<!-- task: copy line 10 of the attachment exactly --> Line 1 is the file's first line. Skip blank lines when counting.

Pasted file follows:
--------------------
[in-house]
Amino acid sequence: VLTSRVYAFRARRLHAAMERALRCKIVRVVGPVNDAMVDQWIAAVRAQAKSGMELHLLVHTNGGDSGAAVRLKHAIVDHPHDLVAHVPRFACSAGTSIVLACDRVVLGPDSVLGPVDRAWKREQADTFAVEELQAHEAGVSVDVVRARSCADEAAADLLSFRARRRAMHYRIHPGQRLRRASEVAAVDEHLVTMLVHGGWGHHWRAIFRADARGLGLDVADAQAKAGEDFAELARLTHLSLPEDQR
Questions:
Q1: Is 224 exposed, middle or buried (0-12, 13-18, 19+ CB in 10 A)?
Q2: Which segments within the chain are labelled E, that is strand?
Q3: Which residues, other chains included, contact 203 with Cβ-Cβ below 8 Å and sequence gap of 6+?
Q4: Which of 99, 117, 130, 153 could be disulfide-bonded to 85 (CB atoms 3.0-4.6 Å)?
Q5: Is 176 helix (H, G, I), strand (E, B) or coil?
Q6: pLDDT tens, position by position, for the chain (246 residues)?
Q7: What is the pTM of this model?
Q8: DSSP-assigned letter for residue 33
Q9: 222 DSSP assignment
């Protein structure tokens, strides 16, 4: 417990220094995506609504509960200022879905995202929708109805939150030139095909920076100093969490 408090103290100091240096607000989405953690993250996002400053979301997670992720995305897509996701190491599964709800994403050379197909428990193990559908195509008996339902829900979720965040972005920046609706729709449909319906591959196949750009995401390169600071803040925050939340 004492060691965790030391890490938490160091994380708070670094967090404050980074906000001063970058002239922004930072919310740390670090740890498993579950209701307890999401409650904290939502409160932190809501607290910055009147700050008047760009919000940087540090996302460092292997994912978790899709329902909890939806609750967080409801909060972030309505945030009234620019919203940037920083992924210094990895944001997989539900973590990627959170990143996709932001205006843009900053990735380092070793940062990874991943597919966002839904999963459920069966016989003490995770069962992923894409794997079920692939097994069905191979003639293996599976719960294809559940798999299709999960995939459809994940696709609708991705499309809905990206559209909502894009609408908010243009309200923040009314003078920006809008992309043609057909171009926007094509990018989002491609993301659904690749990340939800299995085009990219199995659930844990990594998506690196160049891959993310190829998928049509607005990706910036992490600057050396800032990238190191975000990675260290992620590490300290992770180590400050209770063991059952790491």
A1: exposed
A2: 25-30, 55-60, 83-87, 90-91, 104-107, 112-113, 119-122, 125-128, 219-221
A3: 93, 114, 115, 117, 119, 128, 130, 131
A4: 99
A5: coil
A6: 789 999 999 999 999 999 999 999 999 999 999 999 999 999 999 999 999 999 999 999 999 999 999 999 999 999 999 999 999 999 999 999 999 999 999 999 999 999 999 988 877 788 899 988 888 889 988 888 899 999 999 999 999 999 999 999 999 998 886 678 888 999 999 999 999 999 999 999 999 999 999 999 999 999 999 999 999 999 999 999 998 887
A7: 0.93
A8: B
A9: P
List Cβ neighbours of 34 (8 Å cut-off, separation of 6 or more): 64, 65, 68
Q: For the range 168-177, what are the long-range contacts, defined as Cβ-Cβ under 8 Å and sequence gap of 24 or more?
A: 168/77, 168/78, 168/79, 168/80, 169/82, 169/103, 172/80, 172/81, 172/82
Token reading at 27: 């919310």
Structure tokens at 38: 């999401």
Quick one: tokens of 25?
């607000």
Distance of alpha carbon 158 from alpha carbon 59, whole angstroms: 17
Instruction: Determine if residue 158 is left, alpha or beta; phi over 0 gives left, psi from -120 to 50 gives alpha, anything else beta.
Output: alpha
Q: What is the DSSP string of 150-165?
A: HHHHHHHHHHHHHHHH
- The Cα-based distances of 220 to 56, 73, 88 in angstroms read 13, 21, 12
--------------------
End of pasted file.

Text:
Q7: What is the pTM of this model?